How to Exit Trash Fiat and Other Useful Experiments
In today’s Money Morning…international inflation levels…when fiat goes in the bin, best hold onto something tangible…unbanked benefit from the Western fiat sceptics and the favour is returned…and more…
[Editor’s note: In the latest episode of The Money Morning Podcast, I catch up with Chris Brophy after the Hiremii Ltd [ASX:HMI] IPO to see how the company is tracking and get the specifics of how their algorithm could disrupt the recruitment industry.]
What do you do when your fiat is rubbish?
It’s a legitimate question.
Do you cling on in the hope that the IMF and World Bank will continue to fund your government?
I don’t profess to be an expert on development issues, but what I do know is that many countries are suffering from a crisis of confidence in their currencies.
Check out the list of international inflation levels below:
These countries are certainly in currency pain, that much is true.
I’m also aware that the various political, economic, and social maladies that this selection exposes cannot be fully addressed here.
What I am certain of, however, is that there is one powerful ‘nuclear’ option on the table for these countries.
And that’s crypto.
Here’s why this last resort option could be worth the effort.
When fiat goes in the bin, best hold onto something tangible
When this happens, it’s common for the USD fallback to solidify.
Supposedly its trusted, eternal, and backed by a superpower.
It makes sense from a variety of angles.
The problem is getting your hands on enough USD to operate your business, pay for your family, and do anything really.
That’s Argentina’s problem, that’s Lebanon’s problem.
I can’t ever fully grapple with this kind of torment — where your home currency is essentially useless.
But what if you could swap your local currency for something where at least you know the rules governing its distribution?
That would be a very enticing proposition, indeed.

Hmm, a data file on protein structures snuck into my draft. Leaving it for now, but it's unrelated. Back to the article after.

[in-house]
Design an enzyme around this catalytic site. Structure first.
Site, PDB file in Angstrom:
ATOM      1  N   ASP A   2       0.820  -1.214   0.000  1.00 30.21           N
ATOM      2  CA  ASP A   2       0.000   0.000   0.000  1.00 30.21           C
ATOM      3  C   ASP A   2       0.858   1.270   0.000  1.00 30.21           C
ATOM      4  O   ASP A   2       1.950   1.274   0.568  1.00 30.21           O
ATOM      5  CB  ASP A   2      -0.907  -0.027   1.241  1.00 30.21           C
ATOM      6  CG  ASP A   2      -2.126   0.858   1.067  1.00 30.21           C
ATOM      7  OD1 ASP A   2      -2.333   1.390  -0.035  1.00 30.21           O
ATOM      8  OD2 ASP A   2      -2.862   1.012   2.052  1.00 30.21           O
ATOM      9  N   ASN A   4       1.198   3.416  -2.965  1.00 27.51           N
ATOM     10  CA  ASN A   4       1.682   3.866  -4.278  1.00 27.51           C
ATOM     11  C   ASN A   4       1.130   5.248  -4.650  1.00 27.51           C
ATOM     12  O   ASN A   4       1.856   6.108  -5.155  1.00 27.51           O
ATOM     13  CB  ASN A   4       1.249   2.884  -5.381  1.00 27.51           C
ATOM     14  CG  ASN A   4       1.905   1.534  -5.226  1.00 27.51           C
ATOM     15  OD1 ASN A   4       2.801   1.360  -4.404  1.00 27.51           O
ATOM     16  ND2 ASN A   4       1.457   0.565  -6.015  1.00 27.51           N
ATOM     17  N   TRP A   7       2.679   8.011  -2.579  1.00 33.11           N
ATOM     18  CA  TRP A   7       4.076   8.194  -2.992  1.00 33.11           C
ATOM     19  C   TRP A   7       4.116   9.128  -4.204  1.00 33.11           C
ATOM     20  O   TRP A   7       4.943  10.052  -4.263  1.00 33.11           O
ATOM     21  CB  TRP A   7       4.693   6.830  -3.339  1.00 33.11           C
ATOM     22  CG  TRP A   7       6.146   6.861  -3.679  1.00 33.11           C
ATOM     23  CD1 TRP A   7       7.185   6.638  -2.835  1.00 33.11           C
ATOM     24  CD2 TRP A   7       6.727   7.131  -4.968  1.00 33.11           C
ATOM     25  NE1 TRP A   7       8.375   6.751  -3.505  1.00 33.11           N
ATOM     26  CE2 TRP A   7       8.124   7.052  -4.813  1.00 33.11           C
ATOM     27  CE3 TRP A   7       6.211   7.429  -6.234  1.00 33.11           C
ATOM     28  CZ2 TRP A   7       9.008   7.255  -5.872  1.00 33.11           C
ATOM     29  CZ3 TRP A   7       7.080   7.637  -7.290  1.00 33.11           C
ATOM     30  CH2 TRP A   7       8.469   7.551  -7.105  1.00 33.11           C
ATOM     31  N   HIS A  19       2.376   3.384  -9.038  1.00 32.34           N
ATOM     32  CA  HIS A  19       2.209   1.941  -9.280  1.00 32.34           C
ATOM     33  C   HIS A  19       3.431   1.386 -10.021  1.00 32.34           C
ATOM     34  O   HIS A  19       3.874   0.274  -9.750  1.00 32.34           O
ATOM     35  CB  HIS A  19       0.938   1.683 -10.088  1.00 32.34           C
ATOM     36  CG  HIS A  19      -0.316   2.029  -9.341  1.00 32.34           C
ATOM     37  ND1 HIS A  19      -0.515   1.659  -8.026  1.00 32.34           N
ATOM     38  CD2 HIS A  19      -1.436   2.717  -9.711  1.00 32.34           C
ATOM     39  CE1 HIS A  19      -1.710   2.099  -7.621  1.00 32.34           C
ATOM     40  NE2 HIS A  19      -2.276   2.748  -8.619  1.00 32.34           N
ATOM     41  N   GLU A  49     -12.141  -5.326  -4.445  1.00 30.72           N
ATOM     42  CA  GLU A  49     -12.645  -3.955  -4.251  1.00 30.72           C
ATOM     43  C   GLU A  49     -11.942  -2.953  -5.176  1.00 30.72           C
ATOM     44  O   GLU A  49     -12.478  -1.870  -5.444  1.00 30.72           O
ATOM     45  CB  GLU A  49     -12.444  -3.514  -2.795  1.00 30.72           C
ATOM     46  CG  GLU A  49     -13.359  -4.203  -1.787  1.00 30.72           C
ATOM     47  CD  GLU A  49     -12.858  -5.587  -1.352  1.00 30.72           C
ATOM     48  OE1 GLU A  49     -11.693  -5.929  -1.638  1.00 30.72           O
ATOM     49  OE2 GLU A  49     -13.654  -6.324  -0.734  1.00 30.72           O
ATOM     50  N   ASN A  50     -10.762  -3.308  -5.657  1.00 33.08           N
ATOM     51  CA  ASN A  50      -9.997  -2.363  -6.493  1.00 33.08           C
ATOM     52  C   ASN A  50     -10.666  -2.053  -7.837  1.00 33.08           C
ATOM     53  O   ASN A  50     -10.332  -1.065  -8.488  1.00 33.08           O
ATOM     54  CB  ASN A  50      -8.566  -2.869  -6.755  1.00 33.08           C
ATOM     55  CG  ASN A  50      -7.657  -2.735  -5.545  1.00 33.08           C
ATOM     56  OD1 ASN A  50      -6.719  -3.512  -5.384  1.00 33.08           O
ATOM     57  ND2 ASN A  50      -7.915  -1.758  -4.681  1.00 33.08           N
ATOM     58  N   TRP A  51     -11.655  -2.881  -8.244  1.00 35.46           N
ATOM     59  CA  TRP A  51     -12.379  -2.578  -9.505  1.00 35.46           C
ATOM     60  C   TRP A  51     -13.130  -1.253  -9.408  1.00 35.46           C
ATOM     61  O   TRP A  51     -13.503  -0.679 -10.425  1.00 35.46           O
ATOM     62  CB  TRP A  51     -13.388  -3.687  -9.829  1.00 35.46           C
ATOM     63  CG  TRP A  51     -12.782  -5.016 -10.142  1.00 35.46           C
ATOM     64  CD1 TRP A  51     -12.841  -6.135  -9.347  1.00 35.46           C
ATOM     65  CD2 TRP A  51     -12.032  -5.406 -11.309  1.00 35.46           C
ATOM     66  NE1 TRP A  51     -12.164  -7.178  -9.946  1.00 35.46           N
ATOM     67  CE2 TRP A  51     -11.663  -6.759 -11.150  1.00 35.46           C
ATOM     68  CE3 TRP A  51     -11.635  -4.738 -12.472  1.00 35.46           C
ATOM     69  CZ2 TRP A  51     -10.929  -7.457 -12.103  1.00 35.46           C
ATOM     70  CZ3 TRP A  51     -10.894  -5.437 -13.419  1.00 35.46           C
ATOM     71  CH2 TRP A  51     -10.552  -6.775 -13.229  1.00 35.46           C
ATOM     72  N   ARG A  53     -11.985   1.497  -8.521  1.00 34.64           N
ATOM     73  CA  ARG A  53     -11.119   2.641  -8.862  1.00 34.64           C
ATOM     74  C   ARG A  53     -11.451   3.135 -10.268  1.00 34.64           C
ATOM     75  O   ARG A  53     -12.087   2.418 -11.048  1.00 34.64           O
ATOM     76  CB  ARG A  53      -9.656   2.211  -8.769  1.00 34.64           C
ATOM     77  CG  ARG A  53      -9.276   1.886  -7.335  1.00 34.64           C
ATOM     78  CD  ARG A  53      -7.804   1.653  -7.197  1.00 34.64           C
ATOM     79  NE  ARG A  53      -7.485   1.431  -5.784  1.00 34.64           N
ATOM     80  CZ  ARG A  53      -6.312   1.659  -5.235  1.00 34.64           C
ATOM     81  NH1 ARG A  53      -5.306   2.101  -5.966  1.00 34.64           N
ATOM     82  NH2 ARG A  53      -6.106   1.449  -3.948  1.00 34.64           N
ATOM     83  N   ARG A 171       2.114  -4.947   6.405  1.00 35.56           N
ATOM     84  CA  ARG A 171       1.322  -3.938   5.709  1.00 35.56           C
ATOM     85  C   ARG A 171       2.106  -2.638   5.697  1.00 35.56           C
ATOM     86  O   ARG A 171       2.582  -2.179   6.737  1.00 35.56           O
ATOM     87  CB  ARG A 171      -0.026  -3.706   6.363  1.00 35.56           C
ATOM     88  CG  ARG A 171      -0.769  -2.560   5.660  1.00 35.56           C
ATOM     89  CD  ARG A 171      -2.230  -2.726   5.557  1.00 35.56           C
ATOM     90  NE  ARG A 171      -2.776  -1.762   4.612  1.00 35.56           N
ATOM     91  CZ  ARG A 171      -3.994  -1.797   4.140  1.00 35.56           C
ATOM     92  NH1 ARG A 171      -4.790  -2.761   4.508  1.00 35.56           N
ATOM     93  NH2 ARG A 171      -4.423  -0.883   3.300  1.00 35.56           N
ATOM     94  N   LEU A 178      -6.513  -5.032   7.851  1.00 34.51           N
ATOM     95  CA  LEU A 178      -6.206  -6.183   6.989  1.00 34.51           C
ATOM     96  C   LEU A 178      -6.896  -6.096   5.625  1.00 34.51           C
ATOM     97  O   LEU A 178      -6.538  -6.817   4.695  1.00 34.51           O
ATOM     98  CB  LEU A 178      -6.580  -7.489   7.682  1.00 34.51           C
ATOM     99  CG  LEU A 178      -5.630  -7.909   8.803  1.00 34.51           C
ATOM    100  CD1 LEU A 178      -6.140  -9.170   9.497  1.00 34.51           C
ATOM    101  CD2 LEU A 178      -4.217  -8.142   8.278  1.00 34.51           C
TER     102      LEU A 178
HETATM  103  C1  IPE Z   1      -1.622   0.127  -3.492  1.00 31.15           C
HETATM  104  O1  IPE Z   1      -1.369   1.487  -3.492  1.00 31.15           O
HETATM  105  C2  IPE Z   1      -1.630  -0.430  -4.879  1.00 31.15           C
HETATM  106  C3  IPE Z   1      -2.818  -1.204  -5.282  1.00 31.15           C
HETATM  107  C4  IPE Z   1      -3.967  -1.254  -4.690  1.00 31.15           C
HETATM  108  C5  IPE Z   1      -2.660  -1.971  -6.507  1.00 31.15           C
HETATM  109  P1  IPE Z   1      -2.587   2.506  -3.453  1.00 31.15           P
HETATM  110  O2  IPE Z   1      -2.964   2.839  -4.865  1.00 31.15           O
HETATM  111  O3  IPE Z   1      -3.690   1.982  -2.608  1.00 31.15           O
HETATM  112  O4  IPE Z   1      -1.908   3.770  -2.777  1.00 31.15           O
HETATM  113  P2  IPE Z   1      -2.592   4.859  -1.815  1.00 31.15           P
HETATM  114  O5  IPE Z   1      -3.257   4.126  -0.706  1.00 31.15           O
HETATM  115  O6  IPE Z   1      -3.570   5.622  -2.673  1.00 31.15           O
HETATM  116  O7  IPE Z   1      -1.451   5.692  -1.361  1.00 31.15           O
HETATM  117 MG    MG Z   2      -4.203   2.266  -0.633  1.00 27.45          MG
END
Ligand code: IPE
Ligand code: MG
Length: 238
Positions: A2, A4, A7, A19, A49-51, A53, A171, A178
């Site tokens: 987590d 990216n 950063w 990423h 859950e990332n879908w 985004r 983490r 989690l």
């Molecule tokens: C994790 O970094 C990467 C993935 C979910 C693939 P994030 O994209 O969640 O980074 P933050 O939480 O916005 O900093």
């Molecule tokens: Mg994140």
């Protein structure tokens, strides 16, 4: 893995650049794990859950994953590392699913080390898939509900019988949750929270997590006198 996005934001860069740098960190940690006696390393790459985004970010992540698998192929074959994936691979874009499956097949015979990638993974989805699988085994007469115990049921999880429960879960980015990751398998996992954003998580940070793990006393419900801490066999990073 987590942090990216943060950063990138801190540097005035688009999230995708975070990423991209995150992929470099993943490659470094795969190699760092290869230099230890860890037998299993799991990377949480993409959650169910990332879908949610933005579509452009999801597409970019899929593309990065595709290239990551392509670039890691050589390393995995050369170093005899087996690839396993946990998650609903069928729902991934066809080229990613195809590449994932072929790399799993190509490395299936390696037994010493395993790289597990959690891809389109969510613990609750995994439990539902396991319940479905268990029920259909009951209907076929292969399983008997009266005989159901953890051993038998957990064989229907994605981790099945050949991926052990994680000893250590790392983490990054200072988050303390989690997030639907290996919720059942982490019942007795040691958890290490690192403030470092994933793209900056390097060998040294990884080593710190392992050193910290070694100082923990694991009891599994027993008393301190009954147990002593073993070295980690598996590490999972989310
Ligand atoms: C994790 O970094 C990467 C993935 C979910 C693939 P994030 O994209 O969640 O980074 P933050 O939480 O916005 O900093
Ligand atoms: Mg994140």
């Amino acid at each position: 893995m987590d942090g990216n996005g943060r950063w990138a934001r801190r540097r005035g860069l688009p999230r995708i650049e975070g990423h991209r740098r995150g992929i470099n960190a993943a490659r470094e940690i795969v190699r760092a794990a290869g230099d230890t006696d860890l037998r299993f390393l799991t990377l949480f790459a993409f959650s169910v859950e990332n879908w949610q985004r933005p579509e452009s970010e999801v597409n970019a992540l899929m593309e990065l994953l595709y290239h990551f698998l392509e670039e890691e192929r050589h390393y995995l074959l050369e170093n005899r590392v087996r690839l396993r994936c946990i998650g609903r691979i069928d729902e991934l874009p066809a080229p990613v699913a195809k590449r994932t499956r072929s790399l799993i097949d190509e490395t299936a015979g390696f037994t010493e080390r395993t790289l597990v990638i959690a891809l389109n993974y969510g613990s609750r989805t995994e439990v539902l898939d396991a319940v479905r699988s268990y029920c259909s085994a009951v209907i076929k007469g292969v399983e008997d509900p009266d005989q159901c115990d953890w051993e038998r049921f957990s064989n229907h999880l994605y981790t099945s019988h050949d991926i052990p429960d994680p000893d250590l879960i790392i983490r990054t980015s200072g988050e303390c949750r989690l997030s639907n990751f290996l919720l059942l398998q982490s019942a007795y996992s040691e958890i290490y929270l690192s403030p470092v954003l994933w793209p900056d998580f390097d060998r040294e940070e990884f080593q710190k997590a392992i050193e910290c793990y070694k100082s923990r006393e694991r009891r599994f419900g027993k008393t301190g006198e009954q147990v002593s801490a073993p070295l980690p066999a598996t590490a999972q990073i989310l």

Say it loses 50% of its value in the space of months — not the best, but perhaps you could at least conduct basic transactions with it, as opposed to not at all.
This is what a whole host of younger Nigerians are discovering — that the most basic of transactions can actually be settled on a P2P basis.
No intermediaries, no IMF/World Bank, no governments — just you and your peer.
Bitcoin [BTC] is tangible in that sense.
Perhaps it’s concerning for the naysayers, but it’s also deeply liberating after watching your fiat’s value dwindle for decades.
Here’s how the whole crypto ecosystem can coexist in the coming years…
Unbanked benefit from the Western fiat sceptics and the favour is returned
It’s a bit of a monetary mess.
But there’s a whole host of developing countries casting longing looks towards bitcoin and crypto more generally.
You can see this in the percentage of ownership/use of cryptocurrency below:
These are generally countries with fragile fiat systems.
The fragility leads to greater uptake, which interestingly, is at least partly sustained by Western fiat sceptics.
Here’s what I mean by that.
BTC is a competitive ecosystem — ‘Everyone wants a piece of it’ — so in many ways cashed-up Western HODLers put a floor under the price.
That support could be anywhere between US$30,000 and US$40,000, as BTC is tracking right now:
The longer the BTC price stays in that range, or pushes upwards, the more enticing crypto is to fragile economies and citizens beholden to the vagaries of USD ownership.
And in that sense, widespread crypto ownership in developing countries is predicated on Western HODLers’ mistrust of their own fiat.
Self-fulfilling prophecy, feedback loop, doesn’t matter.
Point is, Western crypto HODLers are banking on the unbanked in developing countries jumping in, and the favour is returned.
And it will reshape finance in both spheres, with DeFi looming as the key factor for these big moves.
There are opportunities here for transparent, auditable loans that otherwise would never exist.
This is evidenced in comments carried by CoinDesk from Keith Mali Chung of a Nigerian blockchain firm:
‘A lot of people are taking advantage of the [decentralized finance] industry right now, it’s giving equal financial opportunities for all, irrespective of nationality or whatsoever…A lot of people are jumping into different yield farming programs, I know quite a number of people who got DeFi loans to run their businesses.’
These are loan recipients that would never get a chance in the IMF/World Bank/government/fiat system that currently runs the show.
This is unequivocally a good thing.
It holds out the promise of more efficiently and directly financing development in a way the IMF/World bank could never do.
Does the US seize upon this moment, capture the developing world DeFi movement and win ‘hearts and minds’?
Or does it attempt to keep the old order in place via ham-fisted Digital Dollar initiatives and draconian measures?
It’s impossible to tell what the Fed is cooking up behind the scenes, but maybe, just maybe, they make the right decision here.
Crypto is the developing world’s ‘nuclear’ option, but at the same time, it’s a useful experiment.
Maybe the best experiment ever undertaken, for both the West and developing countries.
Let’s see how it plays out.
Analyst, Money Morning
PS: Lachlann is also the Editorial Analyst at Exponential Stock Investor, a stock tipping newsletter that hunts for promising small-cap stocks. For information on how to subscribe and see what Lachy’s telling subscribers right now, please click here.